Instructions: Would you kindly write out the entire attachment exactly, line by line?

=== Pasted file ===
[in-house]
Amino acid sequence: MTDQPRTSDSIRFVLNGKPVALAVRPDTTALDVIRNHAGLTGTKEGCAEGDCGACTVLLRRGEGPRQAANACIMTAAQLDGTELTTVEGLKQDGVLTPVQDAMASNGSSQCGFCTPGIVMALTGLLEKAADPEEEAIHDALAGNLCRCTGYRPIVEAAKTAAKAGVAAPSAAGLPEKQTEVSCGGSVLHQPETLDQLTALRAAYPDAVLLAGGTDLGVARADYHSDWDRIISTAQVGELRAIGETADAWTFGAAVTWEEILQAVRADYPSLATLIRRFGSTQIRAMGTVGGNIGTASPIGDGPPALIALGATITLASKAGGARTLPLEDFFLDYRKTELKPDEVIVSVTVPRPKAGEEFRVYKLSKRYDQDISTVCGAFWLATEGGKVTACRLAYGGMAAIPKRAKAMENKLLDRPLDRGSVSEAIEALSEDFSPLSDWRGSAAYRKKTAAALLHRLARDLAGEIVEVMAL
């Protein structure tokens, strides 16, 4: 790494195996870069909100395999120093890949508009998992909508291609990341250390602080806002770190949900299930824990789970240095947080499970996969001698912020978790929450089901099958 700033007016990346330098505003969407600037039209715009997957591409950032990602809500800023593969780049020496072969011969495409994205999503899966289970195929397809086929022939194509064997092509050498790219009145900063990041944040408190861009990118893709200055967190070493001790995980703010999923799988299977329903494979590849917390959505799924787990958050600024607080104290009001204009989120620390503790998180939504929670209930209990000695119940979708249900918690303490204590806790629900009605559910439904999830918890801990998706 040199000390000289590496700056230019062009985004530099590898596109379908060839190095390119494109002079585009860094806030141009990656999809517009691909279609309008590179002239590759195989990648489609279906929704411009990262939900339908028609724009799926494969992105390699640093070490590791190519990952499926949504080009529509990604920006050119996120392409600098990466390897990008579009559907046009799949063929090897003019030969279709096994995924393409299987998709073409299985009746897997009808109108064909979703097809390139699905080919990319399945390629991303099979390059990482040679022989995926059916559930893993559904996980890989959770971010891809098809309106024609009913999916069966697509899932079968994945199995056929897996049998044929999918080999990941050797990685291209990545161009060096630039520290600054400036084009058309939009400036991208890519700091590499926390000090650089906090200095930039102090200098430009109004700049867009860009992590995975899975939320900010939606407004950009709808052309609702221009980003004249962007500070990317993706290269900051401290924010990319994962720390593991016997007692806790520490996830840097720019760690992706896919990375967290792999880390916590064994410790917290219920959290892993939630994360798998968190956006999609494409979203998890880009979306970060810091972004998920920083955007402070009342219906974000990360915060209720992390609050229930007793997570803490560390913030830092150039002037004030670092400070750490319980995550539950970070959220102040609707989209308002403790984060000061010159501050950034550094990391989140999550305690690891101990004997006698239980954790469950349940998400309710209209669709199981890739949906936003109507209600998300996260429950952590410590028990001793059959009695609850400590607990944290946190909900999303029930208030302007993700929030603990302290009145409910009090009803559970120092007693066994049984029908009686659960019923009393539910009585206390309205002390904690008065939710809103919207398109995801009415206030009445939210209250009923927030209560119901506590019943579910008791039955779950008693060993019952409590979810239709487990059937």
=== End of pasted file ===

[in-house]
Amino acid sequence: MTDQPRTSDSIRFVLNGKPVALAVRPDTTALDVIRNHAGLTGTKEGCAEGDCGACTVLLRRGEGPRQAANACIMTAAQLDGTELTTVEGLKQDGVLTPVQDAMASNGSSQCGFCTPGIVMALTGLLEKAADPEEEAIHDALAGNLCRCTGYRPIVEAAKTAAKAGVAAPSAAGLPEKQTEVSCGGSVLHQPETLDQLTALRAAYPDAVLLAGGTDLGVARADYHSDWDRIISTAQVGELRAIGETADAWTFGAAVTWEEILQAVRADYPSLATLIRRFGSTQIRAMGTVGGNIGTASPIGDGPPALIALGATITLASKAGGARTLPLEDFFLDYRKTELKPDEVIVSVTVPRPKAGEEFRVYKLSKRYDQDISTVCGAFWLATEGGKVTACRLAYGGMAAIPKRAKAMENKLLDRPLDRGSVSEAIEALSEDFSPLSDWRGSAAYRKKTAAALLHRLARDLAGEIVEVMAL
């Protein structure tokens, strides 16, 4: 790494195996870069909100395999120093890949508009998992909508291609990341250390602080806002770190949900299930824990789970240095947080499970996969001698912020978790929450089901099958 700033007016990346330098505003969407600037039209715009997957591409950032990602809500800023593969780049020496072969011969495409994205999503899966289970195929397809086929022939194509064997092509050498790219009145900063990041944040408190861009990118893709200055967190070493001790995980703010999923799988299977329903494979590849917390959505799924787990958050600024607080104290009001204009989120620390503790998180939504929670209930209990000695119940979708249900918690303490204590806790629900009605559910439904999830918890801990998706 040199000390000289590496700056230019062009985004530099590898596109379908060839190095390119494109002079585009860094806030141009990656999809517009691909279609309008590179002239590759195989990648489609279906929704411009990262939900339908028609724009799926494969992105390699640093070490590791190519990952499926949504080009529509990604920006050119996120392409600098990466390897990008579009559907046009799949063929090897003019030969279709096994995924393409299987998709073409299985009746897997009808109108064909979703097809390139699905080919990319399945390629991303099979390059990482040679022989995926059916559930893993559904996980890989959770971010891809098809309106024609009913999916069966697509899932079968994945199995056929897996049998044929999918080999990941050797990685291209990545161009060096630039520290600054400036084009058309939009400036991208890519700091590499926390000090650089906090200095930039102090200098430009109004700049867009860009992590995975899975939320900010939606407004950009709808052309609702221009980003004249962007500070990317993706290269900051401290924010990319994962720390593991016997007692806790520490996830840097720019760690992706896919990375967290792999880390916590064994410790917290219920959290892993939630994360798998968190956006999609494409979203998890880009979306970060810091972004998920920083955007402070009342219906974000990360915060209720992390609050229930007793997570803490560390913030830092150039002037004030670092400070750490319980995550539950970070959220102040609707989209308002403790984060000061010159501050950034550094990391989140999550305690690891101990004997006698239980954790469950349940998400309710209209669709199981890739949906936003109507209600998300996260429950952590410590028990001793059959009695609850400590607990944290946190909900999303029930208030302007993700929030603990302290009145409910009090009803559970120092007693066994049984029908009686659960019923009393539910009585206390309205002390904690008065939710809103919207398109995801009415206030009445939210209250009923927030209560119901506590019943579910008791039955779950008693060993019952409590979810239709487990059937």